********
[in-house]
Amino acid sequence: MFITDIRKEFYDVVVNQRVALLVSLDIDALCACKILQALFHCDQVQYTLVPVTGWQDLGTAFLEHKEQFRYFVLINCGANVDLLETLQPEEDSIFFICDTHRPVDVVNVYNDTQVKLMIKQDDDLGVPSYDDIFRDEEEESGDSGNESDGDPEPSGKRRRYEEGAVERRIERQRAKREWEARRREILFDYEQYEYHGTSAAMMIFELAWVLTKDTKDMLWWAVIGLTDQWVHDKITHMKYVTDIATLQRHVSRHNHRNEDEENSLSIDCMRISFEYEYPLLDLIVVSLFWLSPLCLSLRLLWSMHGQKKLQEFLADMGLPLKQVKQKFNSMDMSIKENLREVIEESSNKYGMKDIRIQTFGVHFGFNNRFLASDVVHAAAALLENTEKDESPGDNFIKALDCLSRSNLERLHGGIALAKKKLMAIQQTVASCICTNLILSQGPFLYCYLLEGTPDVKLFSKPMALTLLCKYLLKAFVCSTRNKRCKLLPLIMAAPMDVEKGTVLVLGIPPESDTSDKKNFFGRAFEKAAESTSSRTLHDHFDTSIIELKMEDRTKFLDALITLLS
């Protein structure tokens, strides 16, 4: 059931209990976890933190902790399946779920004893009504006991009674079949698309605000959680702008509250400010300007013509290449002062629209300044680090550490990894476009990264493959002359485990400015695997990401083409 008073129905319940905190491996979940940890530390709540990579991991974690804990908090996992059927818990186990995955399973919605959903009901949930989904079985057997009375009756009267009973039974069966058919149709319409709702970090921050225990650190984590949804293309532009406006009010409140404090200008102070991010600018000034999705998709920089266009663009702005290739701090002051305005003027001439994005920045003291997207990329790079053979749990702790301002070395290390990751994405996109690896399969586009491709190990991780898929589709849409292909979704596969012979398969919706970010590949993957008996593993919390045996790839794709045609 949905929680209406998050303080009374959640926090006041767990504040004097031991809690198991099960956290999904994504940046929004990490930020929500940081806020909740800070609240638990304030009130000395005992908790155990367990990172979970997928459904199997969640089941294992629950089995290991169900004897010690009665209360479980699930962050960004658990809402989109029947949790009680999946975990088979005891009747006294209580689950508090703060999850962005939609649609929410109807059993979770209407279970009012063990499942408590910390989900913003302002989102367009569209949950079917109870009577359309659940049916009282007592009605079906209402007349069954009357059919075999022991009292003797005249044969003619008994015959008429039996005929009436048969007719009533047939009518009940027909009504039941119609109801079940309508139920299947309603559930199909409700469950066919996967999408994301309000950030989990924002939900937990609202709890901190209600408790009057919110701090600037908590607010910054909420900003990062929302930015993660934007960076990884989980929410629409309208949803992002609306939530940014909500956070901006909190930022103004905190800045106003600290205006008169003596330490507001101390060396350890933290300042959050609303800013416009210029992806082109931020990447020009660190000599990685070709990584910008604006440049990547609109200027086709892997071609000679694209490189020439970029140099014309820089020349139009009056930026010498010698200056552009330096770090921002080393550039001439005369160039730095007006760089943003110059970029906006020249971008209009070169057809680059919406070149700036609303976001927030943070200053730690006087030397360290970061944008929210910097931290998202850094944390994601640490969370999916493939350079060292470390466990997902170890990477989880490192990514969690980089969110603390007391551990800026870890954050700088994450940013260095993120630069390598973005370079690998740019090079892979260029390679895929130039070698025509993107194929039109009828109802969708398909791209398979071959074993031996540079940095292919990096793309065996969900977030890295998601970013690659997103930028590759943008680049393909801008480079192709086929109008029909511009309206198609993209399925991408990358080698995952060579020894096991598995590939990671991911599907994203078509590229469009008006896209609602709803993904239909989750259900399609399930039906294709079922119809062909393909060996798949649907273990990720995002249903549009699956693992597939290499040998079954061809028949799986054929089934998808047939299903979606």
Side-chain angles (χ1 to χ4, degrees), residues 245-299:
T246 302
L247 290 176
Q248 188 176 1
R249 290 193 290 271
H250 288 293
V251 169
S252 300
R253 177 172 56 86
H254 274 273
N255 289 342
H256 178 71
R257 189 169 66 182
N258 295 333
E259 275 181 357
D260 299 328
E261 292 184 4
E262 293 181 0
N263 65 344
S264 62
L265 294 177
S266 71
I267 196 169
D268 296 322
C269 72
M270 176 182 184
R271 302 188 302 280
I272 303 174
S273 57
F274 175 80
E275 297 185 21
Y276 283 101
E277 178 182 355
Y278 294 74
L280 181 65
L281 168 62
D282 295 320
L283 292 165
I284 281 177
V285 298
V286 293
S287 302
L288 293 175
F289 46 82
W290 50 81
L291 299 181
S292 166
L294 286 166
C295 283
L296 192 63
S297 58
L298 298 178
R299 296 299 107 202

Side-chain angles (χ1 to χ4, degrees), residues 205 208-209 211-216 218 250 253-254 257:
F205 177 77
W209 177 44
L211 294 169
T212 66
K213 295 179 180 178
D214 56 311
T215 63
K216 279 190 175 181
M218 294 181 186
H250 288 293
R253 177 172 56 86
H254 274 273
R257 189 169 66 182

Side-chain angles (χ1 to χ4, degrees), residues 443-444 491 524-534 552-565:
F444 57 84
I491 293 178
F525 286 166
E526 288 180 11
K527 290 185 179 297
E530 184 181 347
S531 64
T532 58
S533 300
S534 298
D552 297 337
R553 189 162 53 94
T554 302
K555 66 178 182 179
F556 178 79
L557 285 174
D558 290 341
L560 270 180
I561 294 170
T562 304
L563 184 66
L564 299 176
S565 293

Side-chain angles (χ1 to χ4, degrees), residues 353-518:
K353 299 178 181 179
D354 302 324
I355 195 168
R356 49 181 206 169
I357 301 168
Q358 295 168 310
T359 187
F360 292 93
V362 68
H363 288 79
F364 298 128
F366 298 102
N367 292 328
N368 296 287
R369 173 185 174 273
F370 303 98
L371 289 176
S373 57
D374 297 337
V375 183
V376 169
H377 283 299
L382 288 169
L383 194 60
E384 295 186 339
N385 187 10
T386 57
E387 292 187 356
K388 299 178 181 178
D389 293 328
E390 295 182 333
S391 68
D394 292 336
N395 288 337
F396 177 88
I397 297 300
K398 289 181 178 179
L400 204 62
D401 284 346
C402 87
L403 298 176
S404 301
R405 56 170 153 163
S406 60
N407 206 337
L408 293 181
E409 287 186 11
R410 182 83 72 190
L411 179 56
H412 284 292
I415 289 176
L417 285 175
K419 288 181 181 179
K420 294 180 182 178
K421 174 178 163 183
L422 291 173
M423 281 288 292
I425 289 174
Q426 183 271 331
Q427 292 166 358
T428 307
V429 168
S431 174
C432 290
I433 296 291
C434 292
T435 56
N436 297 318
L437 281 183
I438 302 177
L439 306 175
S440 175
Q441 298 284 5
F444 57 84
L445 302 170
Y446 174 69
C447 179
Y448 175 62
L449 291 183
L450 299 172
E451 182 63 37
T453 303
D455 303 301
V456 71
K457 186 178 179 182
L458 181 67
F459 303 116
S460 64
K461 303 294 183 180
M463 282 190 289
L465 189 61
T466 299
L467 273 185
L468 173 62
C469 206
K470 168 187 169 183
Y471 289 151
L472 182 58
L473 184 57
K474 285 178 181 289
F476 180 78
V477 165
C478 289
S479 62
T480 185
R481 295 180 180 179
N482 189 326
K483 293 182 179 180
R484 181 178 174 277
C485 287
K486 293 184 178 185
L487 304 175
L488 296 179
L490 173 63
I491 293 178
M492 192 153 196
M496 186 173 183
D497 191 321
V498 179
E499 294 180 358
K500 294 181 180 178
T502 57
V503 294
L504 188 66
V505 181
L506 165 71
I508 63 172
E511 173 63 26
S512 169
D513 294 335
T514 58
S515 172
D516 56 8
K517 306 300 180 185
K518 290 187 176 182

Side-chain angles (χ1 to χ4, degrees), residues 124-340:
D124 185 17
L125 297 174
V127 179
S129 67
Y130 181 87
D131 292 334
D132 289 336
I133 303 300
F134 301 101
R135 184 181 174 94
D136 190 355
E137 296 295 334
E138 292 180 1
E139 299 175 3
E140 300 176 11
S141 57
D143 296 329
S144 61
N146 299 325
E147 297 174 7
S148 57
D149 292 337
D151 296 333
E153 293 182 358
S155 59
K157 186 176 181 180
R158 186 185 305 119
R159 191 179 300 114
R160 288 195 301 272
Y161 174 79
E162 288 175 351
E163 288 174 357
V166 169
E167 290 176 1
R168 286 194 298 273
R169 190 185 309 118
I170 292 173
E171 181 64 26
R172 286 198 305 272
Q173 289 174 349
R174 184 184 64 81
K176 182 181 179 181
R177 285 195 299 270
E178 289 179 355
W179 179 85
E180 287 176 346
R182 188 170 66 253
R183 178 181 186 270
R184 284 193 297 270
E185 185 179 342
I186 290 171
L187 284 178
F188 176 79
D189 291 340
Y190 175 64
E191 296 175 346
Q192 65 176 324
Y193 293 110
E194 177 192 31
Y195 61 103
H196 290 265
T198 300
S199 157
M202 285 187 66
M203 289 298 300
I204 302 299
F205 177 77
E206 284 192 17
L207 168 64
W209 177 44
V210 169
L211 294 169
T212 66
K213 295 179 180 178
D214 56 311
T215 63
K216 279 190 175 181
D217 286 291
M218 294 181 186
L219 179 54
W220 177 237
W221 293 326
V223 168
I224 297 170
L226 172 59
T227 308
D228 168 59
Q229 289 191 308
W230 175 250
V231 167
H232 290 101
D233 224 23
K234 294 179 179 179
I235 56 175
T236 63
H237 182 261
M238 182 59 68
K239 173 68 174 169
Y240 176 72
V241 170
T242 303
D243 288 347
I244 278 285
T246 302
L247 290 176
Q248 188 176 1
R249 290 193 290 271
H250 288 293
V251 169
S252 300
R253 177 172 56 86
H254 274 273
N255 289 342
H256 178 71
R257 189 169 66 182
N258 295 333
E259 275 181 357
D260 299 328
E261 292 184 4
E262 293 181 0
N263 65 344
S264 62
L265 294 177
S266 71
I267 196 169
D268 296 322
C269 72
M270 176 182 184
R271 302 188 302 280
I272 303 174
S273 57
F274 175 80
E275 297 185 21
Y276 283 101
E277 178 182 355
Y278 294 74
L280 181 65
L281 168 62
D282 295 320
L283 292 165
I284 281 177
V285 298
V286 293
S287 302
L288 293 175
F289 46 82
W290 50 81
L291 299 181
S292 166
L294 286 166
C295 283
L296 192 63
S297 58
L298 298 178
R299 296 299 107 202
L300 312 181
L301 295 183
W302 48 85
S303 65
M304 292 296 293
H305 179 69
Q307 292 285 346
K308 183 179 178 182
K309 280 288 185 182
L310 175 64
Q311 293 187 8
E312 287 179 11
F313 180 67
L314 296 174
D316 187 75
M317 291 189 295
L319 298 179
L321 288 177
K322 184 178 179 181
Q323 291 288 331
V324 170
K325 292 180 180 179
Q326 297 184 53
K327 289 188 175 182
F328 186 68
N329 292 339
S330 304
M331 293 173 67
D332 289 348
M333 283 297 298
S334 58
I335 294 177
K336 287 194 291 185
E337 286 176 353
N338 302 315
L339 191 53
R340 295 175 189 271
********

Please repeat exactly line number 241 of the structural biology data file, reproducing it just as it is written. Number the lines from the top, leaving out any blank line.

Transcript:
R135 184 181 174 94